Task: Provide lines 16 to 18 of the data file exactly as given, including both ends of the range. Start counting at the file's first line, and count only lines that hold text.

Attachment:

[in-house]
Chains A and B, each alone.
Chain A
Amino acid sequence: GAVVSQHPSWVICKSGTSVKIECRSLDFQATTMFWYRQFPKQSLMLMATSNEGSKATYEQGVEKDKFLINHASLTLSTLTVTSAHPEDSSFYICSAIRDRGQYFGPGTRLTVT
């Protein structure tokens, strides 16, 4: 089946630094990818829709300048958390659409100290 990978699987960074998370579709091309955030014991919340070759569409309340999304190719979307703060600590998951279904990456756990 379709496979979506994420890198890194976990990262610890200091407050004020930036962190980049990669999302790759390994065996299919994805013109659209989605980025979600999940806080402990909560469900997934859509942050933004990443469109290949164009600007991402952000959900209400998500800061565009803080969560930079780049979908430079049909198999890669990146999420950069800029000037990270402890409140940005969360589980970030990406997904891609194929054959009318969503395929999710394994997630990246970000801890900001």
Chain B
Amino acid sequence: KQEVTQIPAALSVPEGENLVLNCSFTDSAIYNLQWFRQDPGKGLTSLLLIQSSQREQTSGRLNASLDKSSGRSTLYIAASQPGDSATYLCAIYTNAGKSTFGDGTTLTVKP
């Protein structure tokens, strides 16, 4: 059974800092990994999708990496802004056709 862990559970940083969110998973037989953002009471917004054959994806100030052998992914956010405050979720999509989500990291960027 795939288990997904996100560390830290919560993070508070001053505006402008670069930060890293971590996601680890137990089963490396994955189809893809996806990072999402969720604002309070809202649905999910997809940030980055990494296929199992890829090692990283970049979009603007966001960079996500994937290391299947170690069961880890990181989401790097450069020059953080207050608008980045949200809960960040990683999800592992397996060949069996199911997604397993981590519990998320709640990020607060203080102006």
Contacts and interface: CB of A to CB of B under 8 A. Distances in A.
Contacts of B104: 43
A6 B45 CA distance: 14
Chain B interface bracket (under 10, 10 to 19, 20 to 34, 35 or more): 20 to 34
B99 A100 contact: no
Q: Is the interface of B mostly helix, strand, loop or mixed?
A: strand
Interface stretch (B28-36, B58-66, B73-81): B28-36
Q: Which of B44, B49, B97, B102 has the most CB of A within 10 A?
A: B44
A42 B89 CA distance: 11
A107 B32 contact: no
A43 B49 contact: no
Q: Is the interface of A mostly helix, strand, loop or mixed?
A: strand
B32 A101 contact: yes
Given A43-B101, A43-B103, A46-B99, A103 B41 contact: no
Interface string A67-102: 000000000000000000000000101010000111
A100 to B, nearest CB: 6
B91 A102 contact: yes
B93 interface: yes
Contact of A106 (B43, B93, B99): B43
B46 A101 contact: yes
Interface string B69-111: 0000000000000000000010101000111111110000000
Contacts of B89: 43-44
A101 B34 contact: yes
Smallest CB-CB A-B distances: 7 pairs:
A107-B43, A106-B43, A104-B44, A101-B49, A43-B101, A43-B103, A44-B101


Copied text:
Interface stretch (B28-36, B58-66, B73-81): B28-36
Q: Which of B44, B49, B97, B102 has the most CB of A within 10 A?
A: B44